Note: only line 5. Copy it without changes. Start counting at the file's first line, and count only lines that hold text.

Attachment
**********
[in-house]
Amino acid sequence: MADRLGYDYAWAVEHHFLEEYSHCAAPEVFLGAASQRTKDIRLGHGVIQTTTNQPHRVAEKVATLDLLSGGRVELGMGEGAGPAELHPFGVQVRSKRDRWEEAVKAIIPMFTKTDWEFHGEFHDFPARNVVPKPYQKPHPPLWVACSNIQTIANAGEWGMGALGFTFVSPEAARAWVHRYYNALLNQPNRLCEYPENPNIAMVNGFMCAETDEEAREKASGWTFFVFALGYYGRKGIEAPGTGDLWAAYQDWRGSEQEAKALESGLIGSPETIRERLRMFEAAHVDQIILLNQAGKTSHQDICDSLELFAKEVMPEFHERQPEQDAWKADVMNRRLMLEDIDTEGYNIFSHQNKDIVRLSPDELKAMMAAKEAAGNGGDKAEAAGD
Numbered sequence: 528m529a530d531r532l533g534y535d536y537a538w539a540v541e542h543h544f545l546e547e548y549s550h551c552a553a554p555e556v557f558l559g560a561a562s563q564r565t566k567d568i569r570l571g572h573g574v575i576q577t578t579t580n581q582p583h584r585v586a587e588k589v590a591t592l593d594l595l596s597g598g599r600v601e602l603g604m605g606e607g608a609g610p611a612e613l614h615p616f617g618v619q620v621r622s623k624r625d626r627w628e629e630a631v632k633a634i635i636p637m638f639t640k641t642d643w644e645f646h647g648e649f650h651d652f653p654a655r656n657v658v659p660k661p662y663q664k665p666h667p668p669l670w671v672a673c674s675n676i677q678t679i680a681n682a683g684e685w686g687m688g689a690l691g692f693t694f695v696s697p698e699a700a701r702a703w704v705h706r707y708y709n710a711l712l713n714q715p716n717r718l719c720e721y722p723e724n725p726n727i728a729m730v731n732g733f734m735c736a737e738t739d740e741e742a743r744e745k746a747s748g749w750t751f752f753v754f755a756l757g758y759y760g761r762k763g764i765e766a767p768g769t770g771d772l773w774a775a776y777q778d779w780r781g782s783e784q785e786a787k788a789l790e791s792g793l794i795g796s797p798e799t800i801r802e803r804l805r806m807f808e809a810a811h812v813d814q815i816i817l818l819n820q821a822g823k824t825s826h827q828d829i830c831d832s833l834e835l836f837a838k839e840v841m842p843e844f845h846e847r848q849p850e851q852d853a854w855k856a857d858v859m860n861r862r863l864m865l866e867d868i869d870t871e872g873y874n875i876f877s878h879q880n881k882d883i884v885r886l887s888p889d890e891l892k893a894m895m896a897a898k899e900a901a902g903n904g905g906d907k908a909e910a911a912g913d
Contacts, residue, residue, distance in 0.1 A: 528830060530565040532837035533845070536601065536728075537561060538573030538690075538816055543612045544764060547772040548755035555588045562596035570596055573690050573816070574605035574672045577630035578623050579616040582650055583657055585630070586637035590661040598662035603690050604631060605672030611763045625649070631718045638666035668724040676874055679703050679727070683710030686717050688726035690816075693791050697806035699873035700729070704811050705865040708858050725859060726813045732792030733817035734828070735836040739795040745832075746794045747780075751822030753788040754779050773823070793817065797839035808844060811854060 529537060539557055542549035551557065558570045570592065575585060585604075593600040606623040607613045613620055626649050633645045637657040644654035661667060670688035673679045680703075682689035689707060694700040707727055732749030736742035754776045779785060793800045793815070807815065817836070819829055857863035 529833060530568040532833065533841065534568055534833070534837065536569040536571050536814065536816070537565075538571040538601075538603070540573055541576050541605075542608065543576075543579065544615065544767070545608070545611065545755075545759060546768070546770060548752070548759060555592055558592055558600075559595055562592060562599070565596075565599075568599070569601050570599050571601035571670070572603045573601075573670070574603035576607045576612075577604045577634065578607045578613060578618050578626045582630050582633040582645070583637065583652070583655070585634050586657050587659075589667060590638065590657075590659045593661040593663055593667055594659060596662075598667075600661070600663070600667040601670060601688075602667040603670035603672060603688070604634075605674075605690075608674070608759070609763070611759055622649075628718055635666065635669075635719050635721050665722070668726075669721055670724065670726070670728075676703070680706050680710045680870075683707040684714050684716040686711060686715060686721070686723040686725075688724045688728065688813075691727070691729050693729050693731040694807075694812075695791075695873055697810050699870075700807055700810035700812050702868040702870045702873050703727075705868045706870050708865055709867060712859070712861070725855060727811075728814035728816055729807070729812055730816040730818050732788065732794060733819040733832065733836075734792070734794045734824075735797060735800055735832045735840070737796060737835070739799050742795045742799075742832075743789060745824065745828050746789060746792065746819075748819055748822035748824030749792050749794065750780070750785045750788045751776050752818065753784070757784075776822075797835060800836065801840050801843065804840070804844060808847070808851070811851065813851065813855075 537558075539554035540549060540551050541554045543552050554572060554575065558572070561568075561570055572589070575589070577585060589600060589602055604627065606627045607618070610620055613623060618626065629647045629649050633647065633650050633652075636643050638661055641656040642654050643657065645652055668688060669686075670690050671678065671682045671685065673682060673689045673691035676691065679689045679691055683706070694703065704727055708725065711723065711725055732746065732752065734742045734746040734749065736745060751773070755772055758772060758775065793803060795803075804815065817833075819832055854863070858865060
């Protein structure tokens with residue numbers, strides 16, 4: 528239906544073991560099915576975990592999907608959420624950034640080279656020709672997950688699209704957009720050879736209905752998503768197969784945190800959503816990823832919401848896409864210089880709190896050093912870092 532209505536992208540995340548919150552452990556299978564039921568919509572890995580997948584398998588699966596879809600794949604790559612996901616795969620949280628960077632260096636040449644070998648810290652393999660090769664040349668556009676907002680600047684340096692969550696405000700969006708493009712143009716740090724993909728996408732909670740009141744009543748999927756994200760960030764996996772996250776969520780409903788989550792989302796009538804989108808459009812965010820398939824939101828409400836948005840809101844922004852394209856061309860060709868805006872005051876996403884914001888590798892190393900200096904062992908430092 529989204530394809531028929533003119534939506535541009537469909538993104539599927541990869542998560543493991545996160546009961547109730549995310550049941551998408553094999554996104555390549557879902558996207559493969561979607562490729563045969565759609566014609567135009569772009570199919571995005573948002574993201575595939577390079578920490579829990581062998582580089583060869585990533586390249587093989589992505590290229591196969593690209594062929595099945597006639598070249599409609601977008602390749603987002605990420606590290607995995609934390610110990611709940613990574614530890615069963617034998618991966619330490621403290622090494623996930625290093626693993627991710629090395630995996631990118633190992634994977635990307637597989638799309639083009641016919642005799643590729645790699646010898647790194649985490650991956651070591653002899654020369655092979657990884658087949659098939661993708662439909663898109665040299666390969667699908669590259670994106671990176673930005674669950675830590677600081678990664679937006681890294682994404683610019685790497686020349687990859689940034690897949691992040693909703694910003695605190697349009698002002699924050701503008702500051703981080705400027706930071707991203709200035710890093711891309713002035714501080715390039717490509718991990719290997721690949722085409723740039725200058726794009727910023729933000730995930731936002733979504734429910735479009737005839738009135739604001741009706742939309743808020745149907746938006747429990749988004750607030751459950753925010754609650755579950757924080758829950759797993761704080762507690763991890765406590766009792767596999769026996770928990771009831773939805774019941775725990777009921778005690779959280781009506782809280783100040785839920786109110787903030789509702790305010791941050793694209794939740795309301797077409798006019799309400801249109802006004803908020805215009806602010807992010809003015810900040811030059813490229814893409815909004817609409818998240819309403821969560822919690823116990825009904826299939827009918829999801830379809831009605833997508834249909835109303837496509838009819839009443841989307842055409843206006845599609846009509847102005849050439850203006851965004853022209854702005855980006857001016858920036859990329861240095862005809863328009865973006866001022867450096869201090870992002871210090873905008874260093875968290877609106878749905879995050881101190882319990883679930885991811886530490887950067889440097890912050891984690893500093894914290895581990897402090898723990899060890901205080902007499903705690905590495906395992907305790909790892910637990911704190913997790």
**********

């Protein structure tokens with residue numbers, strides 16, 4: 528239906544073991560099915576975990592999907608959420624950034640080279656020709672997950688699209704957009720050879736209905752998503768197969784945190800959503816990823832919401848896409864210089880709190896050093912870092 532209505536992208540995340548919150552452990556299978564039921568919509572890995580997948584398998588699966596879809600794949604790559612996901616795969620949280628960077632260096636040449644070998648810290652393999660090769664040349668556009676907002680600047684340096692969550696405000700969006708493009712143009716740090724993909728996408732909670740009141744009543748999927756994200760960030764996996772996250776969520780409903788989550792989302796009538804989108808459009812965010820398939824939101828409400836948005840809101844922004852394209856061309860060709868805006872005051876996403884914001888590798892190393900200096904062992908430092 529989204530394809531028929533003119534939506535541009537469909538993104539599927541990869542998560543493991545996160546009961547109730549995310550049941551998408553094999554996104555390549557879902558996207559493969561979607562490729563045969565759609566014609567135009569772009570199919571995005573948002574993201575595939577390079578920490579829990581062998582580089583060869585990533586390249587093989589992505590290229591196969593690209594062929595099945597006639598070249599409609601977008602390749603987002605990420606590290607995995609934390610110990611709940613990574614530890615069963617034998618991966619330490621403290622090494623996930625290093626693993627991710629090395630995996631990118633190992634994977635990307637597989638799309639083009641016919642005799643590729645790699646010898647790194649985490650991956651070591653002899654020369655092979657990884658087949659098939661993708662439909663898109665040299666390969667699908669590259670994106671990176673930005674669950675830590677600081678990664679937006681890294682994404683610019685790497686020349687990859689940034690897949691992040693909703694910003695605190697349009698002002699924050701503008702500051703981080705400027706930071707991203709200035710890093711891309713002035714501080715390039717490509718991990719290997721690949722085409723740039725200058726794009727910023729933000730995930731936002733979504734429910735479009737005839738009135739604001741009706742939309743808020745149907746938006747429990749988004750607030751459950753925010754609650755579950757924080758829950759797993761704080762507690763991890765406590766009792767596999769026996770928990771009831773939805774019941775725990777009921778005690779959280781009506782809280783100040785839920786109110787903030789509702790305010791941050793694209794939740795309301797077409798006019799309400801249109802006004803908020805215009806602010807992010809003015810900040811030059813490229814893409815909004817609409818998240819309403821969560822919690823116990825009904826299939827009918829999801830379809831009605833997508834249909835109303837496509838009819839009443841989307842055409843206006845599609846009509847102005849050439850203006851965004853022209854702005855980006857001016858920036859990329861240095862005809863328009865973006866001022867450096869201090870992002871210090873905008874260093875968290877609106878749905879995050881101190882319990883679930885991811886530490887950067889440097890912050891984690893500093894914290895581990897402090898723990899060890901205080902007499903705690905590495906395992907305790909790892910637990911704190913997790």